Caproni’s review published on Letterboxd:
"What did he look like?"
I adore the opening shot of this film. A young boy, crouching down among tall blades of grass, had his eye on a little grasshopper, before quickly snatching it up. He heard a tractor mowing along the road. He gets up, and we got a beautiful wide shot of the grass plains he's standing on, with the superb, gentle score fades in.
What does it all signify, though? I haven't a goddamn clue. All I know is; it's the moment I told myself that whatever this film is going to be or how it transpires along the way, I know I'm fully in. And what a bleak journey it came to be.
'Memories of Murder' operates in this weird, deep tinge of noir (it helps that I've been on a couple of film noir runs of my own), where the dark psychology of men being the driving force of each and every decision being made on-screen, and it doesn't always turn out to be good. Every false, miscalculated, misinformed, exaggerated information just gets snowballed into another undesired consequences. In the end, you could argue it's just another wild goose chase.
I sounded like I'm digressing over here because, really, there is absolutely no way to sums up one's experience upon the first-viewing of this crime masterpiece. That one, single line of dialogue uttered in perhaps the most harrowing final scene I've ever witnessed in a long, long time, that truly gutted me to pieces. No spoilers here, obviously, but the final 20 minutes just clicks everything in place for me. Sometimes in a crime procedural, it isn't really about the killers at all; but the men who hunts them. There's only so far a point of pure desperation that one man could take. I would've loved to talk more about the film's ending in as detailed as I possibly could, but I'm gonna need a proper time to gather my thoughts - and a rewatch to top it all off - before I could make out any coherent opinions of my own.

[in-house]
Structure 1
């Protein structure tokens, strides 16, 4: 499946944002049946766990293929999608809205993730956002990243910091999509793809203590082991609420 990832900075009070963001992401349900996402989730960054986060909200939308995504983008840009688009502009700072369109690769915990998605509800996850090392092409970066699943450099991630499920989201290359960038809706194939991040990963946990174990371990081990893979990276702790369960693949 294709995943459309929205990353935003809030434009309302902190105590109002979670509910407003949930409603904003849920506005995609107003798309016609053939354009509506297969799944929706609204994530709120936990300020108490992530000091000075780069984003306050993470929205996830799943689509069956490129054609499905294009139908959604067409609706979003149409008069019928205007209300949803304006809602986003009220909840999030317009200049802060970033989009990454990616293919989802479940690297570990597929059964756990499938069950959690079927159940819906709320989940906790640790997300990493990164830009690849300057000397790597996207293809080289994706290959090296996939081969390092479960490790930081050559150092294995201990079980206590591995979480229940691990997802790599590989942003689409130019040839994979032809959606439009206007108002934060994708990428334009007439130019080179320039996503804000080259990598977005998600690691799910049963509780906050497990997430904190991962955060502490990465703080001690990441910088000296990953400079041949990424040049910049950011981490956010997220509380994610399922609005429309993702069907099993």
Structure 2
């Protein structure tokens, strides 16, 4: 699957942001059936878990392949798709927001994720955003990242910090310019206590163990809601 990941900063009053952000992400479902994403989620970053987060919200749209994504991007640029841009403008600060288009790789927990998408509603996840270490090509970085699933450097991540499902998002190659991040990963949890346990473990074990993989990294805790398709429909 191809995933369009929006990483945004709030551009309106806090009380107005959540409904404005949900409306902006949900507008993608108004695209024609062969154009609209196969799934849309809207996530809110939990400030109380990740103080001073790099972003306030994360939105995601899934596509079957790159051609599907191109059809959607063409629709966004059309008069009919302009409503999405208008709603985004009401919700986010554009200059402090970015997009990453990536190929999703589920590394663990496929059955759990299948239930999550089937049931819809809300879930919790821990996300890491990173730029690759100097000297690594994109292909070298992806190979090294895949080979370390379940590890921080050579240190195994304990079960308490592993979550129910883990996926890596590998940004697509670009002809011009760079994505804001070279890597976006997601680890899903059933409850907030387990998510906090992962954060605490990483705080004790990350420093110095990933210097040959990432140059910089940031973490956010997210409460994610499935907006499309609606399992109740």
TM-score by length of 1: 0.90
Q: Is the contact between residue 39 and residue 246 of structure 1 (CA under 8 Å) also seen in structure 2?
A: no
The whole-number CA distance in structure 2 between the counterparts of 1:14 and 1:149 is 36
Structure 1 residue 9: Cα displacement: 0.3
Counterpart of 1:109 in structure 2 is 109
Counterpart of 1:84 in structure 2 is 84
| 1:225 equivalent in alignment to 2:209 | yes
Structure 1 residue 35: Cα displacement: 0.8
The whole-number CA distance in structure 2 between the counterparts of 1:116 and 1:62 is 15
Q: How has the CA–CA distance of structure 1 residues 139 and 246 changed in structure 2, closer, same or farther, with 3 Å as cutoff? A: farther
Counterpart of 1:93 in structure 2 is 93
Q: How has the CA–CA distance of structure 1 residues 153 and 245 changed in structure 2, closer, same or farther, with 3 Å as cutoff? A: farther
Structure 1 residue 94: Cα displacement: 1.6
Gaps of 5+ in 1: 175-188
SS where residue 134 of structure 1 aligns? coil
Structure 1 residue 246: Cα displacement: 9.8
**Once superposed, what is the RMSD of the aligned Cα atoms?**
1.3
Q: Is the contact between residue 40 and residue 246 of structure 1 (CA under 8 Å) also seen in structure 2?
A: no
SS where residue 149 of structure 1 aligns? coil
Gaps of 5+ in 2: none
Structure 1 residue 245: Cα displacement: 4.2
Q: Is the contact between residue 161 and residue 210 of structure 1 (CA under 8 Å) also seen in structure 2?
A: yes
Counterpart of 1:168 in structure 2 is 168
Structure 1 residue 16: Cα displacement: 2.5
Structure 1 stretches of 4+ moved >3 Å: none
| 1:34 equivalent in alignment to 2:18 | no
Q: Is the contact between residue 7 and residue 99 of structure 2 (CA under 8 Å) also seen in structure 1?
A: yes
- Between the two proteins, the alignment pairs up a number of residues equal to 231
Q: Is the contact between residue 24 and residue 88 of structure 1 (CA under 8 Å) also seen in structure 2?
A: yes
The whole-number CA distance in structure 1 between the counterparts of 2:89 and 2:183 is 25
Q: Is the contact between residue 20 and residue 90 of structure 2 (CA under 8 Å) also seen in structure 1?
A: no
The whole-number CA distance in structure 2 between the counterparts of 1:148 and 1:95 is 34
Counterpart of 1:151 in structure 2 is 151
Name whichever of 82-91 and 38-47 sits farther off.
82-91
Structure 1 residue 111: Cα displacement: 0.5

It's haunting, deeply disturbing, darkly comic in places, incredibly well-acted (the start of director Bong and muse Song Kang-Ho's beautiful partnership), beautifully-shot (refer to that opening shot I briefly talked about) and gorgeously-scored with its wistful, melancholic tunes - if you count yourself as a genuine fan of crime-mystery, you owe it to yourself to watch this. I'm utterly fanboy-ing over director Bong right now.
"Have you seen anything like this in Seoul before?"